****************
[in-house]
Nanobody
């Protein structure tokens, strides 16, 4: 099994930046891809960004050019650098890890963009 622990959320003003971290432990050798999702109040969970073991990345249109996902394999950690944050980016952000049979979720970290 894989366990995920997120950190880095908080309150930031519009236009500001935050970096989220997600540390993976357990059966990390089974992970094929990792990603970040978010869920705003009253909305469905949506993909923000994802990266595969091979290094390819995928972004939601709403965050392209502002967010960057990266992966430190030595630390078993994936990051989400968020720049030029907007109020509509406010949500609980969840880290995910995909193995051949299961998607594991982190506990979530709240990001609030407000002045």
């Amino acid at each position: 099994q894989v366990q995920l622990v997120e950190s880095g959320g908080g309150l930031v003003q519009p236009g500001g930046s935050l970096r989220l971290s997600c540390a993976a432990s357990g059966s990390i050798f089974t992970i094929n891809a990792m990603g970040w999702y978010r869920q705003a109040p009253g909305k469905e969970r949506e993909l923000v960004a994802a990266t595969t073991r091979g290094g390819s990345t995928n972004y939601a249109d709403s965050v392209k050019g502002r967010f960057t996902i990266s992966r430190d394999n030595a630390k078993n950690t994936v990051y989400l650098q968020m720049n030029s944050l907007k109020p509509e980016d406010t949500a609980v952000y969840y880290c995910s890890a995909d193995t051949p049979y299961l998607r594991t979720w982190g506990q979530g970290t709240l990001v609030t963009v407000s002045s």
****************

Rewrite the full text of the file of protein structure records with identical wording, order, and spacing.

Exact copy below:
[in-house]
Nanobody
């Protein structure tokens, strides 16, 4: 099994930046891809960004050019650098890890963009 622990959320003003971290432990050798999702109040969970073991990345249109996902394999950690944050980016952000049979979720970290 894989366990995920997120950190880095908080309150930031519009236009500001935050970096989220997600540390993976357990059966990390089974992970094929990792990603970040978010869920705003009253909305469905949506993909923000994802990266595969091979290094390819995928972004939601709403965050392209502002967010960057990266992966430190030595630390078993994936990051989400968020720049030029907007109020509509406010949500609980969840880290995910995909193995051949299961998607594991982190506990979530709240990001609030407000002045």
């Amino acid at each position: 099994q894989v366990q995920l622990v997120e950190s880095g959320g908080g309150l930031v003003q519009p236009g500001g930046s935050l970096r989220l971290s997600c540390a993976a432990s357990g059966s990390i050798f089974t992970i094929n891809a990792m990603g970040w999702y978010r869920q705003a109040p009253g909305k469905e969970r949506e993909l923000v960004a994802a990266t595969t073991r091979g290094g390819s990345t995928n972004y939601a249109d709403s965050v392209k050019g502002r967010f960057t996902i990266s992966r430190d394999n030595a630390k078993n950690t994936v990051y989400l650098q968020m720049n030029s944050l907007k109020p509509e980016d406010t949500a609980v952000y969840y880290c995910s890890a995909d193995t051949p049979y299961l998607r594991t979720w982190g506990q979530g970290t709240l990001v609030t963009v407000s002045s």